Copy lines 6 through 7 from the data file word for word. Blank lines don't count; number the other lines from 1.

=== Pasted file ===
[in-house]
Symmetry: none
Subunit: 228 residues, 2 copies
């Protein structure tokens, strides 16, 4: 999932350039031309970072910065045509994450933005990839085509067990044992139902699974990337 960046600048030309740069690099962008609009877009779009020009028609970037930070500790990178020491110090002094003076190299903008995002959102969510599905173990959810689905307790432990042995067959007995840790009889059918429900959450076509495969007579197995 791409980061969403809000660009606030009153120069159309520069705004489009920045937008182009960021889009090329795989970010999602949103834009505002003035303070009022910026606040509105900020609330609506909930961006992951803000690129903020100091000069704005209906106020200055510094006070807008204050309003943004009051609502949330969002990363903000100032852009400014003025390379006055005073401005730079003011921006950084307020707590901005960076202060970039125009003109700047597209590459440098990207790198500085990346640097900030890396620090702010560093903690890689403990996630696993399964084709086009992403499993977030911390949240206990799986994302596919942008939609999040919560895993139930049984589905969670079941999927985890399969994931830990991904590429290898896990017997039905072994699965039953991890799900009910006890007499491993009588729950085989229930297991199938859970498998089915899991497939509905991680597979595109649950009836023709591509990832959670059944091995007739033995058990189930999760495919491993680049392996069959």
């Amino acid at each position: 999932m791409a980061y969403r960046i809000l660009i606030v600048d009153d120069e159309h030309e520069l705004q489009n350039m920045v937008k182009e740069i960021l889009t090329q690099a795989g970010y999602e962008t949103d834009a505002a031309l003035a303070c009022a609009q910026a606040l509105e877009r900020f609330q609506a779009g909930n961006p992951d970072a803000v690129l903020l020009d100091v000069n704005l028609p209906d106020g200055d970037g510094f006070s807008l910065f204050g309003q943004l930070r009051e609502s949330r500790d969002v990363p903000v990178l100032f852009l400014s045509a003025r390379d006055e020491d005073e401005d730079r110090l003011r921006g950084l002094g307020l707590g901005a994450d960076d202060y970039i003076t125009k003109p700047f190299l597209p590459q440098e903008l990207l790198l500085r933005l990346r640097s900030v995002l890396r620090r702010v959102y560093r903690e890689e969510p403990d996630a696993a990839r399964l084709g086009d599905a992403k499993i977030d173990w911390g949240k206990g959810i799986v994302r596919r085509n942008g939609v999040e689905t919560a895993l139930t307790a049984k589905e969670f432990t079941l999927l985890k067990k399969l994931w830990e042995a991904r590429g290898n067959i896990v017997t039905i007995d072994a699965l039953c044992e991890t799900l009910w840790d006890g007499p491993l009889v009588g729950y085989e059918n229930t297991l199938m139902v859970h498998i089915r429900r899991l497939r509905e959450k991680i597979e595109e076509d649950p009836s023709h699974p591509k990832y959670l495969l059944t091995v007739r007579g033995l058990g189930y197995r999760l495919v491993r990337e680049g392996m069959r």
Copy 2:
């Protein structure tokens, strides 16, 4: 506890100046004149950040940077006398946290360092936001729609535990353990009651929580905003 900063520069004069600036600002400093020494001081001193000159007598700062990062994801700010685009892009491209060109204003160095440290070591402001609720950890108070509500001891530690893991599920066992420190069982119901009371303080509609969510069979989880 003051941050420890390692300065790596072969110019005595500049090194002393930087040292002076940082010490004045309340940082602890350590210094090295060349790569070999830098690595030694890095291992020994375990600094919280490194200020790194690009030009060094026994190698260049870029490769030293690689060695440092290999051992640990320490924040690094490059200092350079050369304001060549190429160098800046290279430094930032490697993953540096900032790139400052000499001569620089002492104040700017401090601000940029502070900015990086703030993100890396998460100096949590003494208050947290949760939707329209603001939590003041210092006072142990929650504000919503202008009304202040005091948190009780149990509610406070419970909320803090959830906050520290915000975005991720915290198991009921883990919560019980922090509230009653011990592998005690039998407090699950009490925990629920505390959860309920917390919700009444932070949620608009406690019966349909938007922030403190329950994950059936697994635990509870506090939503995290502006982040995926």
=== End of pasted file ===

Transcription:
Copy 2:
């Protein structure tokens, strides 16, 4: 506890100046004149950040940077006398946290360092936001729609535990353990009651929580905003 900063520069004069600036600002400093020494001081001193000159007598700062990062994801700010685009892009491209060109204003160095440290070591402001609720950890108070509500001891530690893991599920066992420190069982119901009371303080509609969510069979989880 003051941050420890390692300065790596072969110019005595500049090194002393930087040292002076940082010490004045309340940082602890350590210094090295060349790569070999830098690595030694890095291992020994375990600094919280490194200020790194690009030009060094026994190698260049870029490769030293690689060695440092290999051992640990320490924040690094490059200092350079050369304001060549190429160098800046290279430094930032490697993953540096900032790139400052000499001569620089002492104040700017401090601000940029502070900015990086703030993100890396998460100096949590003494208050947290949760939707329209603001939590003041210092006072142990929650504000919503202008009304202040005091948190009780149990509610406070419970909320803090959830906050520290915000975005991720915290198991009921883990919560019980922090509230009653011990592998005690039998407090699950009490925990629920505390959860309920917390919700009444932070949620608009406690019966349909938007922030403190329950994950059936697994635990509870506090939503995290502006982040995926």